Swamponomics: Trump's Fed Pick, A Kodak Moment, And GDP Misinformation

President Donald Trump and his administration recently announced that Kodak (KODK) would be transformed into a pharmaceutical producer under the Defense Production Act (DPA). The president confirmed that Kodak would receive a $765 million loan to establish Kodak Pharmaceuticals to manufacture generic pharmaceutical ingredients to decrease America’s reliance on foreign drug makers.

If you have not been paying attention to Kodak’s transformation, you might be surprised that a film and camera maker from back in the day is now producing pharmaceuticals. But the business filed for bankruptcy in 2012 and turned itself into a materials and chemical company.

A Kodak Moment

The announcement was huge for Kodak shares, as the stock skyrocketed nearly 1,300% in only a few trading sessions, climbing from a couple of bucks to as high as $60. But the subplots behind Kodak’s ascent were just as riveting as seeing the stock soar to the moon.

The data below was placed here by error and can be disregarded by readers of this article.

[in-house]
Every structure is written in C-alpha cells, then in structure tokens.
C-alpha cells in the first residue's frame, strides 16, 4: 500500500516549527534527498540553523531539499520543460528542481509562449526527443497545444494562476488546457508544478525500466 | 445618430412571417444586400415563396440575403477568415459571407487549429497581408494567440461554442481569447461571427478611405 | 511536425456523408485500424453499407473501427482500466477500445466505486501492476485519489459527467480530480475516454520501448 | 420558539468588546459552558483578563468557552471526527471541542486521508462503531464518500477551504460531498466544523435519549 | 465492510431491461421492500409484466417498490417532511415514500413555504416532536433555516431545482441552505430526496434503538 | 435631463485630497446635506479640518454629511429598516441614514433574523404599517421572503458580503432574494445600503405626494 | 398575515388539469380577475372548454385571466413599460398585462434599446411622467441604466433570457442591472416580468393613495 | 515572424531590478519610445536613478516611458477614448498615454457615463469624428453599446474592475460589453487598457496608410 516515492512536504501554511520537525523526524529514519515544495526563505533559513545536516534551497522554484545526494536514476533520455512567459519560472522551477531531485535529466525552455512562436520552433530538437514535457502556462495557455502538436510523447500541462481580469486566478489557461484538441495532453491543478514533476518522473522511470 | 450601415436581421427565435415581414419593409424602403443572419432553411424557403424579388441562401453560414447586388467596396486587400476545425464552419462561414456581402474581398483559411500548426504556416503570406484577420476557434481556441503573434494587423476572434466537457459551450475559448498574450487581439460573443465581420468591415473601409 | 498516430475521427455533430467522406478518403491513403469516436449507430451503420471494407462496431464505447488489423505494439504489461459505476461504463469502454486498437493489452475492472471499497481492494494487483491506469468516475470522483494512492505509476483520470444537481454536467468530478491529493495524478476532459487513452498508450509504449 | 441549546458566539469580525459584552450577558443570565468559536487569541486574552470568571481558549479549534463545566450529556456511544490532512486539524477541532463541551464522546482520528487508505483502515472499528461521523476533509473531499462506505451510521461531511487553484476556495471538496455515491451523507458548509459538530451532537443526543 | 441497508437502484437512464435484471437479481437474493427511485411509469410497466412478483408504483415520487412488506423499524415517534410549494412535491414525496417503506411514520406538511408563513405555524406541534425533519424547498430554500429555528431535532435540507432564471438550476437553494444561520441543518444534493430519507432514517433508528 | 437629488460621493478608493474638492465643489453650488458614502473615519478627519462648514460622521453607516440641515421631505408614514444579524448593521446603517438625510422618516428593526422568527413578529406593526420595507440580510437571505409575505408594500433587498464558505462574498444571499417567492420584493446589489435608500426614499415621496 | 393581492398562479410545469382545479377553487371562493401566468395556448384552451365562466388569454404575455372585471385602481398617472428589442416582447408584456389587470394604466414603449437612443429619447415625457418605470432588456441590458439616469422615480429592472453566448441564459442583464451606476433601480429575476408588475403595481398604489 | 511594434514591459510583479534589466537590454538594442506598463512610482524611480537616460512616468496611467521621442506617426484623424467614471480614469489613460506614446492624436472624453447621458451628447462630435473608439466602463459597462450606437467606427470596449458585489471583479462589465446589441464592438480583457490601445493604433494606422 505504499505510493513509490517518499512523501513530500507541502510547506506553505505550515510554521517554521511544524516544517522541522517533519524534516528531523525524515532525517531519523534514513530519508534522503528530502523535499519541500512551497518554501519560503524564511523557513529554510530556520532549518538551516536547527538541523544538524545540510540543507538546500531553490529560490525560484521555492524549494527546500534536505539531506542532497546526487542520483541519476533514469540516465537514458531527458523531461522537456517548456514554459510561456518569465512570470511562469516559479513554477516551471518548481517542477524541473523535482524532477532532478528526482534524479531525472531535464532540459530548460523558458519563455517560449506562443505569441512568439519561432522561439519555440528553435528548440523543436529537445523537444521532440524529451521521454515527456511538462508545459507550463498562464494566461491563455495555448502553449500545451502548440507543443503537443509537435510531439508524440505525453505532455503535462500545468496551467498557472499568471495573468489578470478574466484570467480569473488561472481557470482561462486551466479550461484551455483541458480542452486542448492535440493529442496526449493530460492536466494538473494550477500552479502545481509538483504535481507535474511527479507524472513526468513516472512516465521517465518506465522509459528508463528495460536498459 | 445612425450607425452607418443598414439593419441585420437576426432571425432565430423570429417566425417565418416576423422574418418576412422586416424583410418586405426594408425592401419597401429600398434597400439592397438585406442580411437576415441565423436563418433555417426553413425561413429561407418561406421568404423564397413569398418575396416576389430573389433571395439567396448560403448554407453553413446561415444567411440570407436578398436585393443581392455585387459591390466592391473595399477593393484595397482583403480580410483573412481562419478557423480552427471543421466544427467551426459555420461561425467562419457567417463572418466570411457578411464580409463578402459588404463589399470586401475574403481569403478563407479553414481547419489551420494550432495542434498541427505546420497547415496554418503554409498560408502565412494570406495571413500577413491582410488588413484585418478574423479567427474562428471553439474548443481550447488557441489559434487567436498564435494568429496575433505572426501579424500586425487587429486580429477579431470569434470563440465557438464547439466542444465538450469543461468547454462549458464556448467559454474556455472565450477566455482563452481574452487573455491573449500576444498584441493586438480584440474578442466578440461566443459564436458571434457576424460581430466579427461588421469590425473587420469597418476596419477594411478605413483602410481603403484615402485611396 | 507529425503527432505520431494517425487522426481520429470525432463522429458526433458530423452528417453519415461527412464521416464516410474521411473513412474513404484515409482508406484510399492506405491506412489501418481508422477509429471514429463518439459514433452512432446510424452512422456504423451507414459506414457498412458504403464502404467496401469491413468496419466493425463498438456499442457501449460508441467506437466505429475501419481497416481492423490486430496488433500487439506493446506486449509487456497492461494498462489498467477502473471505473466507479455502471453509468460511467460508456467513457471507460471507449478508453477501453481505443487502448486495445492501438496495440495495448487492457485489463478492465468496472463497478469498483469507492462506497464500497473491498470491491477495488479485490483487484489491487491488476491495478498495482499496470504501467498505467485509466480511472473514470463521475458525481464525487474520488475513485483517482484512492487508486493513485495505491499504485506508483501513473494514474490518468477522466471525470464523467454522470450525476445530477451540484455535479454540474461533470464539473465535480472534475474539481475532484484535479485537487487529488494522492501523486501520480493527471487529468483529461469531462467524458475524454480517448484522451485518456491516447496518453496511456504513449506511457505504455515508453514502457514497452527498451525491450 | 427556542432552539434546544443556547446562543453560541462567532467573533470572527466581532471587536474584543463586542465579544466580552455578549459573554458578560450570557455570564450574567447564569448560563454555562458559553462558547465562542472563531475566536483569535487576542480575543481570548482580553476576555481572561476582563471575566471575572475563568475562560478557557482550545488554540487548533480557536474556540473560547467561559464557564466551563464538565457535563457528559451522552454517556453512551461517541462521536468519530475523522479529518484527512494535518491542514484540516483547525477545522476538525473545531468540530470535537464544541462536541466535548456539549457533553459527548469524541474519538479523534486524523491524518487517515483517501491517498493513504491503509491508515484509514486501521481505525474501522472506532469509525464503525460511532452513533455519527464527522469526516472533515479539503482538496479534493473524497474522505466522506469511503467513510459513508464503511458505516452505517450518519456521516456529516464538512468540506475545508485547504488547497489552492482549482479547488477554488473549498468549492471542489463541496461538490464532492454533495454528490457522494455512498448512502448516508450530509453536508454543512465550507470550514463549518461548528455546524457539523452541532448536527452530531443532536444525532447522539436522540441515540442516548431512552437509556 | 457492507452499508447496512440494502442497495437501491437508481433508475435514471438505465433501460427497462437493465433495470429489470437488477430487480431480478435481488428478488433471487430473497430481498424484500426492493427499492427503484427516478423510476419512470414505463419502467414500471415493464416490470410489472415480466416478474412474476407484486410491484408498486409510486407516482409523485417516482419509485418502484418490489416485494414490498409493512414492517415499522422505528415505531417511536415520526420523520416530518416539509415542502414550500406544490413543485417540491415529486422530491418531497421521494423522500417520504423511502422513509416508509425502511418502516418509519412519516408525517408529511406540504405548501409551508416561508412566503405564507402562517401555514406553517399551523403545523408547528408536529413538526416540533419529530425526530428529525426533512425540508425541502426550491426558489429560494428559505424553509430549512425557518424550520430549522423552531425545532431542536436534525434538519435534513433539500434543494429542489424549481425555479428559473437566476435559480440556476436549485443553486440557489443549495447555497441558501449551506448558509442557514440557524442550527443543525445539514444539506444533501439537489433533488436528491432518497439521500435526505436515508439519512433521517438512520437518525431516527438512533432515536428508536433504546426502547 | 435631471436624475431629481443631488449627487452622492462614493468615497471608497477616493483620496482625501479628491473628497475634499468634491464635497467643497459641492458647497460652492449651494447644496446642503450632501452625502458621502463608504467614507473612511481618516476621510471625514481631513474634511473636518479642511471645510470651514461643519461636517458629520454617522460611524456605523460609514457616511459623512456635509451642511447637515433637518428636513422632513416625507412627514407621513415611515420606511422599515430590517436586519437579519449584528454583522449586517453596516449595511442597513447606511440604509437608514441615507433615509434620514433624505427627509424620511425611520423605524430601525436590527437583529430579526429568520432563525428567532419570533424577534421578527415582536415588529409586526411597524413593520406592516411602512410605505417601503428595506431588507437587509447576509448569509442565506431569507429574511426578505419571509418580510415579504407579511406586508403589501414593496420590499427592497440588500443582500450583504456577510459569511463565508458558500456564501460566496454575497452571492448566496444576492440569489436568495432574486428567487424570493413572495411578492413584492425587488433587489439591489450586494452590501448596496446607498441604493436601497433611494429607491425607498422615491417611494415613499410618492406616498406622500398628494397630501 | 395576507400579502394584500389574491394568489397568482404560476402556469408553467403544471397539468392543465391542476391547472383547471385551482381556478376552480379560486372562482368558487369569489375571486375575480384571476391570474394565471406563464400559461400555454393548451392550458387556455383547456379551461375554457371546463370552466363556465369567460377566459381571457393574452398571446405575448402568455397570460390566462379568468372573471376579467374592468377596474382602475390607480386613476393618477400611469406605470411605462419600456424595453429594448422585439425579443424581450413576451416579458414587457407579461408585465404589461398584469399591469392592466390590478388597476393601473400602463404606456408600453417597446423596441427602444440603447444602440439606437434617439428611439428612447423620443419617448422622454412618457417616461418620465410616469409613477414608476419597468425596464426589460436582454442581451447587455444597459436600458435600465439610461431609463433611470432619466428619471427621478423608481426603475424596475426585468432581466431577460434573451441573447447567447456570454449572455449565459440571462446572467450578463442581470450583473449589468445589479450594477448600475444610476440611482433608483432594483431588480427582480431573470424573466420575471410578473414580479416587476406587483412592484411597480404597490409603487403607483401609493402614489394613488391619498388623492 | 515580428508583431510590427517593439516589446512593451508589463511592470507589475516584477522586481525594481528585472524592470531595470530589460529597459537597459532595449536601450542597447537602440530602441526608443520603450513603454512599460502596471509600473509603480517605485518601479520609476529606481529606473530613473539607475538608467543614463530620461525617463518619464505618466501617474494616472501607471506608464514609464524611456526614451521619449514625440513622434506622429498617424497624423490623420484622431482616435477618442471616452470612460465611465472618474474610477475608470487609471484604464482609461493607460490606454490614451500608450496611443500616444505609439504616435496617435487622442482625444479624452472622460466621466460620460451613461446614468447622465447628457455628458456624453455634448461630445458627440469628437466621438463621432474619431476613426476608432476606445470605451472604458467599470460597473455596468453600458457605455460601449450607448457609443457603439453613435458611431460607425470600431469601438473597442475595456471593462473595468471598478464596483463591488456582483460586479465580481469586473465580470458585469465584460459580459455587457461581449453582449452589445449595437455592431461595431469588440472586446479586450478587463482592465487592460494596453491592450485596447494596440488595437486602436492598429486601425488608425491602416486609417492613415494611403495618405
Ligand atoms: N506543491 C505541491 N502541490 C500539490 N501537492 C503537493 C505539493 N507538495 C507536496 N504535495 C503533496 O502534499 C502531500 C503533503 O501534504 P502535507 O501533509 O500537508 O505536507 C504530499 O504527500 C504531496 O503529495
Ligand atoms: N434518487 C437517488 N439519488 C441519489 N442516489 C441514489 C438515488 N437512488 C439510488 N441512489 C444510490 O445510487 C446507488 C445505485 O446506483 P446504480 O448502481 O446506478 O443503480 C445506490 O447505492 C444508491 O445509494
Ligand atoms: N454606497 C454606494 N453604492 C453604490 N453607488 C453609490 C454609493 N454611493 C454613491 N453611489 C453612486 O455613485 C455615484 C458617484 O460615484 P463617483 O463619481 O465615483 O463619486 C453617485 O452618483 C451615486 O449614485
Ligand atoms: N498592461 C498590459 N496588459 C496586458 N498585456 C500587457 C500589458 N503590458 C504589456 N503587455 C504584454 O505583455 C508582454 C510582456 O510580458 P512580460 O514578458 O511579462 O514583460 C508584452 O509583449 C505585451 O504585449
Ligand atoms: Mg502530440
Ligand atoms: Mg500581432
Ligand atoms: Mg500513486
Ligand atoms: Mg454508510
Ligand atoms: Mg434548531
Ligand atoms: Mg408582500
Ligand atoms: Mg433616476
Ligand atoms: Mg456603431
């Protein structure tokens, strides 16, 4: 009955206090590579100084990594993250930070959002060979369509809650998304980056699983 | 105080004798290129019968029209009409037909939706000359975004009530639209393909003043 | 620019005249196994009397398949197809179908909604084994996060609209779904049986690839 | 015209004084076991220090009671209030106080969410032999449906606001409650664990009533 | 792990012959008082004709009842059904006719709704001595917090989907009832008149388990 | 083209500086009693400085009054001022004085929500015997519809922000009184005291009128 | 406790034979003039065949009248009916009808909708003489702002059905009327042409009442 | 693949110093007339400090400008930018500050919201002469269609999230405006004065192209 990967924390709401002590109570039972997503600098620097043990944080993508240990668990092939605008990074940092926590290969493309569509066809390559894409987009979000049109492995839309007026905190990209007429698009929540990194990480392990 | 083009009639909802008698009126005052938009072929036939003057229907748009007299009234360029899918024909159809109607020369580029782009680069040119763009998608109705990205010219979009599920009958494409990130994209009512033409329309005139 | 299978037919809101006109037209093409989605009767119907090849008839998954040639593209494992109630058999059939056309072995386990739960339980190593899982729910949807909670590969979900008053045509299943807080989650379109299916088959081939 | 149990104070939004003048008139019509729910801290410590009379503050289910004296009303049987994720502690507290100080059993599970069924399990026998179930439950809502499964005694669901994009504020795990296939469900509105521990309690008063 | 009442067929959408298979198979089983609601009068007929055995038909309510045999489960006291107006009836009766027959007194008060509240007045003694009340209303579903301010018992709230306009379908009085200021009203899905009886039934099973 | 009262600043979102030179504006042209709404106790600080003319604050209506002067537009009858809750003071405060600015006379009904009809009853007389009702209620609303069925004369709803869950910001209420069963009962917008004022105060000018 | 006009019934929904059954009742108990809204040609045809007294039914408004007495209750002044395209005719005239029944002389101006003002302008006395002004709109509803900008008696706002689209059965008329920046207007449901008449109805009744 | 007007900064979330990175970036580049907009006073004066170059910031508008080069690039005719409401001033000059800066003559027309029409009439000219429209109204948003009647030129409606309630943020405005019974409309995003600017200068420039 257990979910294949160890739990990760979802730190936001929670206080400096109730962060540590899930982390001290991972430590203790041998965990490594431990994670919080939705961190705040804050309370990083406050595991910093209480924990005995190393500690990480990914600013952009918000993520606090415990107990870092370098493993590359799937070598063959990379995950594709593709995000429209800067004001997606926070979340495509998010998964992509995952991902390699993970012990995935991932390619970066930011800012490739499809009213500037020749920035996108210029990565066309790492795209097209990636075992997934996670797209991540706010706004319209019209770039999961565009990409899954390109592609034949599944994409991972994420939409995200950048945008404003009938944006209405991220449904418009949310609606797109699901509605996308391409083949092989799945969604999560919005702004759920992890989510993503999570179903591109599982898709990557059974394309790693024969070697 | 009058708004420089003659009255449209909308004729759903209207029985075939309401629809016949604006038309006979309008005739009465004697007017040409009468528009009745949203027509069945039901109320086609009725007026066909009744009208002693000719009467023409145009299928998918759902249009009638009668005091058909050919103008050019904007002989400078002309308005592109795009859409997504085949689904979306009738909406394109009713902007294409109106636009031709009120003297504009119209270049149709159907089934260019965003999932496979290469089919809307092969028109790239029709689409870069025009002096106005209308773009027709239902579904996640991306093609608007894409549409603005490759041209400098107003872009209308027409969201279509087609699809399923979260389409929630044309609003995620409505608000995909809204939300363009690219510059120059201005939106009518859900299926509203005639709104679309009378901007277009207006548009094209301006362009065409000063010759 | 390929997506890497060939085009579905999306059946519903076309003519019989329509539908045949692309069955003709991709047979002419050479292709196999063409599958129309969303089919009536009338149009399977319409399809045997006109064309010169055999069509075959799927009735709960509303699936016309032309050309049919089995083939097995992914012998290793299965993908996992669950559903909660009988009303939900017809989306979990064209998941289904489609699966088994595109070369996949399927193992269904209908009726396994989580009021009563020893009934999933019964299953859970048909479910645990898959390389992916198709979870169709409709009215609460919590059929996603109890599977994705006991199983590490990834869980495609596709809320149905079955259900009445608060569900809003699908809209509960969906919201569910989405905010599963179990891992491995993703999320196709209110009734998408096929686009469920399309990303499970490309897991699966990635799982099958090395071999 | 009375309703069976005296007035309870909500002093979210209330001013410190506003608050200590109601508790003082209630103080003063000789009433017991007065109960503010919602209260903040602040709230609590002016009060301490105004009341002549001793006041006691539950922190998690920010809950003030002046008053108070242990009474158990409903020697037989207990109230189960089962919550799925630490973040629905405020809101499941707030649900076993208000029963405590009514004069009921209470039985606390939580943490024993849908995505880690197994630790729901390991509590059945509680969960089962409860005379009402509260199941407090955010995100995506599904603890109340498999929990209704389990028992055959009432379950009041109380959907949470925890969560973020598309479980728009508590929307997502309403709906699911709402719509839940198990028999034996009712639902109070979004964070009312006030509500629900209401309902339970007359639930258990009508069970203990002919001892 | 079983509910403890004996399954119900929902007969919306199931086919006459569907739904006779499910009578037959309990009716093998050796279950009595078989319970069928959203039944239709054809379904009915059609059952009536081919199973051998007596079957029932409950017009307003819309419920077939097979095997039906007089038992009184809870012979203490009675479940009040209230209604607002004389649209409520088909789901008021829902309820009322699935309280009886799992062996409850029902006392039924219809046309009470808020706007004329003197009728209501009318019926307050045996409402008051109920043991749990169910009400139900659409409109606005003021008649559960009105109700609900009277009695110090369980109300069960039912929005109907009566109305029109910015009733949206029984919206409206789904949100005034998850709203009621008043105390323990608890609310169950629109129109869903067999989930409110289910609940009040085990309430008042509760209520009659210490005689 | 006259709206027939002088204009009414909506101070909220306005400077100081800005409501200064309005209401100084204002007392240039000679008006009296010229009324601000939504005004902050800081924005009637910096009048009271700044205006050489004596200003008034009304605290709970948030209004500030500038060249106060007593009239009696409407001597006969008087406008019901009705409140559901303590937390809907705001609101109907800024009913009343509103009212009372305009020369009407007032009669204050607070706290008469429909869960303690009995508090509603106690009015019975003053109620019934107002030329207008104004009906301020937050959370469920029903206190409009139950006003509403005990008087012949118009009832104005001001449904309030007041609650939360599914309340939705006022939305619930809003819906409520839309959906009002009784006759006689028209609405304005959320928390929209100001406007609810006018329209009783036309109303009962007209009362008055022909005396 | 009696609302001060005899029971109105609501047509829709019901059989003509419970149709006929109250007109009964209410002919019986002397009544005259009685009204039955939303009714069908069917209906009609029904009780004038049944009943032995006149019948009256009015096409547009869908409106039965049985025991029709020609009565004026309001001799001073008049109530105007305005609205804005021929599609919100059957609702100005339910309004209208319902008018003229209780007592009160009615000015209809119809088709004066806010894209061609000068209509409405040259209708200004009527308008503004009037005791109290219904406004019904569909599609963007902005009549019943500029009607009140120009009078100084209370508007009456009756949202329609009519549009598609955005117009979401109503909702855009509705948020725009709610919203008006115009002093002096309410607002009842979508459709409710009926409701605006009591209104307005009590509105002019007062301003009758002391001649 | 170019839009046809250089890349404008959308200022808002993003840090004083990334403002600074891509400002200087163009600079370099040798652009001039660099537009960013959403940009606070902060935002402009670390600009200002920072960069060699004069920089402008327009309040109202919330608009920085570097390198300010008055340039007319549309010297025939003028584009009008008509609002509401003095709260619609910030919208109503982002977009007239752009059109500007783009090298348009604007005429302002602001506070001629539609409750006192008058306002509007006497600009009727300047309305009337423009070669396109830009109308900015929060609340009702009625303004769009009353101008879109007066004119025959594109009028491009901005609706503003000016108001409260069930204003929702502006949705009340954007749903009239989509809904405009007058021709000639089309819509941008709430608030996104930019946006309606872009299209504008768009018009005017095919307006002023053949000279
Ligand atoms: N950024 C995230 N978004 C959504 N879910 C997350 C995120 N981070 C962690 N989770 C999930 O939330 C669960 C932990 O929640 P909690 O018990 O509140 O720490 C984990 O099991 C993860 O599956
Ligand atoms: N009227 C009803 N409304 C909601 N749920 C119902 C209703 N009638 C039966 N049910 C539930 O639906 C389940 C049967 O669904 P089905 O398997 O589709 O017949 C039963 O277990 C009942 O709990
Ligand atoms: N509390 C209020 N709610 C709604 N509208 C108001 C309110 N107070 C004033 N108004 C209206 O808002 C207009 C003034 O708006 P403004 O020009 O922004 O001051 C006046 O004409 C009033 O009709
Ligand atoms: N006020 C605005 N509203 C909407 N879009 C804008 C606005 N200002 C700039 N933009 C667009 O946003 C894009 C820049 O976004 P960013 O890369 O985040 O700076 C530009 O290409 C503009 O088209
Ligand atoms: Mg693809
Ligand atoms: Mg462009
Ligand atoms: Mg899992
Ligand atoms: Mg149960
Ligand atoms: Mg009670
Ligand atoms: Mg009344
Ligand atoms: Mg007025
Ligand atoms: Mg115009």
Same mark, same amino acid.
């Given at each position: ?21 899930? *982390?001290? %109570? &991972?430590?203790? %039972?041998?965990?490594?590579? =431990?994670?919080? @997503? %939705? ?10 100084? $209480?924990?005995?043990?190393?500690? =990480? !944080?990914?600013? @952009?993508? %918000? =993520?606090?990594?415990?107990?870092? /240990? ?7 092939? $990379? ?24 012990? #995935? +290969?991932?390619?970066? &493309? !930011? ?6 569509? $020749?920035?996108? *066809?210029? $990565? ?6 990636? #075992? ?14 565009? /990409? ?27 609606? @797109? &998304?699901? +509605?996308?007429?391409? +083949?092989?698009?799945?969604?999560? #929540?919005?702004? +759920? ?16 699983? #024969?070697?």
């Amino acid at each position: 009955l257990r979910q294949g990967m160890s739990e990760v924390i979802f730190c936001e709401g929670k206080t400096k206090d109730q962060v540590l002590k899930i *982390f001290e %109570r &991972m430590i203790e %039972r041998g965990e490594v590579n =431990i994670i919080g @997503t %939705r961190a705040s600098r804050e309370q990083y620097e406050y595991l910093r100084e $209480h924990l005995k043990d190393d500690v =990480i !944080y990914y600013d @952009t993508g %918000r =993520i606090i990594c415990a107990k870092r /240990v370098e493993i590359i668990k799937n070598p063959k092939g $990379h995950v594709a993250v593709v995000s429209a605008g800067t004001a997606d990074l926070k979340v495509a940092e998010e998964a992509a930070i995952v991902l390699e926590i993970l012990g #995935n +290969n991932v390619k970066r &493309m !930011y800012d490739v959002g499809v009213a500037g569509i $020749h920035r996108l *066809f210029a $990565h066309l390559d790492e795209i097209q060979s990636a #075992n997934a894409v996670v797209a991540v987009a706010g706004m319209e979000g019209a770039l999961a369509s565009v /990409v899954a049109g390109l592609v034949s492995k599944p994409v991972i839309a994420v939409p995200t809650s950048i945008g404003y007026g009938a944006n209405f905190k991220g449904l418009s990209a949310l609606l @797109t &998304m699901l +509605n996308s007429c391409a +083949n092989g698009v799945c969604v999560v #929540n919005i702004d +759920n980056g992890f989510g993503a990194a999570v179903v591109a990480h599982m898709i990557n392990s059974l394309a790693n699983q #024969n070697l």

The first story involved the New York Stock Exchange halting trading because circuit breakers were tripped twenty times. The volume of Kodak trading activity spiked after the news was announced, climbing to more than 250 million in just two sessions. The number of Kodak options ballooned to as much as 300,000 — and these were not bullish contracts, either.

The final compelling development was the considerable number of Robinhooders holding Kodak stock. Only a few thousand Robinhood traders held shares in the company before the news, but that figure spiked to more than 130,000.

The men in tights have been near the front of the line when it comes to the various bullish trades, even if it is only for a week or two. At the start of the pandemiconomy, dumb money was pouring into coronavirus-related stocks, such as personal protective equipment (PPE) and biotech companies. Weeks later, Robinhooders were hitting the bullseye on bankrupt stocks like J.C. Penney and Hertz (HTZ). As gold prices hit all-time highs, users were putting their bows and arrows in gold exchange-traded funds (ETFs).

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